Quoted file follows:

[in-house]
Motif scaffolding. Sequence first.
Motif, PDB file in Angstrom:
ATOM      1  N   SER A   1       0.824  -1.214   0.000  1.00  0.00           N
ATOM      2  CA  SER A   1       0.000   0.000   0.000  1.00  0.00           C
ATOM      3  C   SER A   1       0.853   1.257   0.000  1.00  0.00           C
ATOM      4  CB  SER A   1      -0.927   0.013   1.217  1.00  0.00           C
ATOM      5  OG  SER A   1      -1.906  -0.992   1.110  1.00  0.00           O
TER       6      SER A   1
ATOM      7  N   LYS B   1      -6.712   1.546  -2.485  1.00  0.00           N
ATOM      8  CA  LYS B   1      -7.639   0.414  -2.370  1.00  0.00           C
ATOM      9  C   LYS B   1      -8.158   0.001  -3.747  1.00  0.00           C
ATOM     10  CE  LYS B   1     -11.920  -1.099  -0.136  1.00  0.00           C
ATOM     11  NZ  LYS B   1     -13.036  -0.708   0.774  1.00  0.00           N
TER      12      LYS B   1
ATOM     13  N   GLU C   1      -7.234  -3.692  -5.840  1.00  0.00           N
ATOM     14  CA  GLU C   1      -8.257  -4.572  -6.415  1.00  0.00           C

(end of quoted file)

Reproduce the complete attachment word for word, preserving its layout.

[in-house]
Motif scaffolding. Sequence first.
Motif, PDB file in Angstrom:
ATOM      1  N   SER A   1       0.824  -1.214   0.000  1.00  0.00           N
ATOM      2  CA  SER A   1       0.000   0.000   0.000  1.00  0.00           C
ATOM      3  C   SER A   1       0.853   1.257   0.000  1.00  0.00           C
ATOM      4  CB  SER A   1      -0.927   0.013   1.217  1.00  0.00           C
ATOM      5  OG  SER A   1      -1.906  -0.992   1.110  1.00  0.00           O
TER       6      SER A   1
ATOM      7  N   LYS B   1      -6.712   1.546  -2.485  1.00  0.00           N
ATOM      8  CA  LYS B   1      -7.639   0.414  -2.370  1.00  0.00           C
ATOM      9  C   LYS B   1      -8.158   0.001  -3.747  1.00  0.00           C
ATOM     10  CE  LYS B   1     -11.920  -1.099  -0.136  1.00  0.00           C
ATOM     11  NZ  LYS B   1     -13.036  -0.708   0.774  1.00  0.00           N
TER      12      LYS B   1
ATOM     13  N   GLU C   1      -7.234  -3.692  -5.840  1.00  0.00           N
ATOM     14  CA  GLU C   1      -8.257  -4.572  -6.415  1.00  0.00           C